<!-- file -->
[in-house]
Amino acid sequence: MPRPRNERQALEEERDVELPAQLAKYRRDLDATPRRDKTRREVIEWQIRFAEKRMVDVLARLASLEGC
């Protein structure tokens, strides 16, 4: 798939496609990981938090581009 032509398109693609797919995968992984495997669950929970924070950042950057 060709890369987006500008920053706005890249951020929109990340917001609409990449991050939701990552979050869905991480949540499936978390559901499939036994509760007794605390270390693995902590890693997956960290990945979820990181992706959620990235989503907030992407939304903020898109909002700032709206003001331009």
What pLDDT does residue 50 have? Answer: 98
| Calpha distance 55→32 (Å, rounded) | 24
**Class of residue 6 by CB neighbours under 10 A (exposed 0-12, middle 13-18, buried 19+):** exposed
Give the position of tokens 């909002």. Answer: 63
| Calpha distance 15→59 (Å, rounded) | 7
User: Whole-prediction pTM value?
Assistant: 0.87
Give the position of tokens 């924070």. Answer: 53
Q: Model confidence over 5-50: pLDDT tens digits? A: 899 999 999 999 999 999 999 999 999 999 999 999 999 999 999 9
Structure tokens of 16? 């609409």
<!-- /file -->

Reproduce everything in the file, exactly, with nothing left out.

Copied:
[in-house]
Amino acid sequence: MPRPRNERQALEEERDVELPAQLAKYRRDLDATPRRDKTRREVIEWQIRFAEKRMVDVLARLASLEGC
């Protein structure tokens, strides 16, 4: 798939496609990981938090581009 032509398109693609797919995968992984495997669950929970924070950042950057 060709890369987006500008920053706005890249951020929109990340917001609409990449991050939701990552979050869905991480949540499936978390559901499939036994509760007794605390270390693995902590890693997956960290990945979820990181992706959620990235989503907030992407939304903020898109909002700032709206003001331009």
What pLDDT does residue 50 have? Answer: 98
| Calpha distance 55→32 (Å, rounded) | 24
**Class of residue 6 by CB neighbours under 10 A (exposed 0-12, middle 13-18, buried 19+):** exposed
Give the position of tokens 């909002």. Answer: 63
| Calpha distance 15→59 (Å, rounded) | 7
User: Whole-prediction pTM value?
Assistant: 0.87
Give the position of tokens 């924070």. Answer: 53
Q: Model confidence over 5-50: pLDDT tens digits? A: 899 999 999 999 999 999 999 999 999 999 999 999 999 999 999 9
Structure tokens of 16? 């609409």